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BONTI, A VETERAN ITALIAN CARVER

Barre, September 14, 1940 - A handful of stonecutters, less fortunate than their steady working brothers, live in the dingy south-end settlement. Generoso Bonti sat old and brown on his granite doorstep, his shoulders protected by a patchwork quilt even though it was a warm July evening. A gray, tobacco stained moustache hung limp over his mouth. A middle-aged woman sat in the window darning socks. "The wife of my son," old Bonti explained. His voice was deep, a choked vibrancy that shook his difficult English speech into an almost unintelligible drone.

“My boy Elo is sixty-one. Me, I am 'bout eighty,” he said. “Forty-six year I work in stone - twenty-two in the old country, twenty-four over here. I stop work fifteen year ago. The rheumatis', it got me in the hands. See?" They were brown and gnarled, the little finger of the left hand crooked and grotesquely swollen from years of work. From chisel rubbing against flesh.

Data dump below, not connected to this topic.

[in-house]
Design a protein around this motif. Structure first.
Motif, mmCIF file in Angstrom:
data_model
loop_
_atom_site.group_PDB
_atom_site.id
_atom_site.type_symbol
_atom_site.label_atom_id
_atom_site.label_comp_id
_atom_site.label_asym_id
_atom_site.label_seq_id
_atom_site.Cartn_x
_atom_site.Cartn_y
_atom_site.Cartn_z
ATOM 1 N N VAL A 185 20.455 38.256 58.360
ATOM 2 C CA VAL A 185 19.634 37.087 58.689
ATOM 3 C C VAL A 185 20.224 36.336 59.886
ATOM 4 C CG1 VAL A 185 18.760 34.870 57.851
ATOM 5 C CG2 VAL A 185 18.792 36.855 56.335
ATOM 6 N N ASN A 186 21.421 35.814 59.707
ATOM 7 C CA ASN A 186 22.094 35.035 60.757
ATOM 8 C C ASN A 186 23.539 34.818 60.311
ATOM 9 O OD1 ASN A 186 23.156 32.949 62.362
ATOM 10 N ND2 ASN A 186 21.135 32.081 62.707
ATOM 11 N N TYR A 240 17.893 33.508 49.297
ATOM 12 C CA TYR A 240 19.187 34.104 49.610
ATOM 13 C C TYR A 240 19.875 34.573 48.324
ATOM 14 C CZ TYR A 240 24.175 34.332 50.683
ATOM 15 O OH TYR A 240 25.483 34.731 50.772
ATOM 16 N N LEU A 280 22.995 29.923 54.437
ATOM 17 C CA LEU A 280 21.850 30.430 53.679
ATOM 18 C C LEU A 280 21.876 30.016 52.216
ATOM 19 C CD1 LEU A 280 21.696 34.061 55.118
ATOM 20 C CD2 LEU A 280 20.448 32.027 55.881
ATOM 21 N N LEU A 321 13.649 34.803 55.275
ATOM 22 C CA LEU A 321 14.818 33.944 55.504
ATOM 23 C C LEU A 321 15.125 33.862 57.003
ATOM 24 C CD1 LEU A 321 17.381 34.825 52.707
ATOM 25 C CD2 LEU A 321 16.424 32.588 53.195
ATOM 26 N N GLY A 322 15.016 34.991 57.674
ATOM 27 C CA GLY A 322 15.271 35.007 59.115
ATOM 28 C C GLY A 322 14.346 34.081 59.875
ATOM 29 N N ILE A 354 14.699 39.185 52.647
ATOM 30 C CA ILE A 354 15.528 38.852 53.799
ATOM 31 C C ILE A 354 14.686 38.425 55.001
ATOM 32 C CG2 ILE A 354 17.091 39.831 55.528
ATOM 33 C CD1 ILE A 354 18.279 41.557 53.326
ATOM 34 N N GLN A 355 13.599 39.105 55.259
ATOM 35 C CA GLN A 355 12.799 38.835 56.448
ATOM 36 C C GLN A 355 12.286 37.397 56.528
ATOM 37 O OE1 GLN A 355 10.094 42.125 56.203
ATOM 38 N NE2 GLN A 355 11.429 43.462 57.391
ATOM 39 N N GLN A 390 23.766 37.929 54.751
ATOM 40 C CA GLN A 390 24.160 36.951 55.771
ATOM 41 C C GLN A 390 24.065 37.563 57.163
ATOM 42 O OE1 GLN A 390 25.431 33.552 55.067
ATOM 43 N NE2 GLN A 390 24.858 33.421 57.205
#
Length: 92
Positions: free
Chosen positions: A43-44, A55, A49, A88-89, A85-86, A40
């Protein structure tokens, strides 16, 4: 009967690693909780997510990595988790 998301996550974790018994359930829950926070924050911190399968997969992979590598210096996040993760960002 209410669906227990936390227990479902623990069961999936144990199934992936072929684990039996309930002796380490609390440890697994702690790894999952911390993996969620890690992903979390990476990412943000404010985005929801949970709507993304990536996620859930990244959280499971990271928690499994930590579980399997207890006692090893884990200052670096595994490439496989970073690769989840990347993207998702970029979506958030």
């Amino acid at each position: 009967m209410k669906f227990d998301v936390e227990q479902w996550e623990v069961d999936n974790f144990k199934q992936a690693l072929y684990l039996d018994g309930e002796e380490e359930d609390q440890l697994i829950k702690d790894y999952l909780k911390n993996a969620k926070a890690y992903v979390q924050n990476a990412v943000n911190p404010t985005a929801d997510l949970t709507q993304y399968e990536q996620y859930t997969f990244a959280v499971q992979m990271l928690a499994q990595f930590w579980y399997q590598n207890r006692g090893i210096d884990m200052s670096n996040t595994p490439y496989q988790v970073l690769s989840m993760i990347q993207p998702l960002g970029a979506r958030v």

"I come over here in 1903. In the fall, almost winter it was. I leave Italy with the sun shining warm. I take the boat from France, the sky is blue and warm. I get to New York, it is cold and gray. And always rain. Rain. For two week it rain cold. I come with a family of four. The wife and two boys. Big boys, eighteen and twenty-one. The boys pay their own fare. I come from Rieti in the Lazio country. 'Bout halfway down the leg of Italy. I want to come, I come that's all. I guess I glad I come. Who can tell for sure?" He shrugged, and stared into the thickening dusk.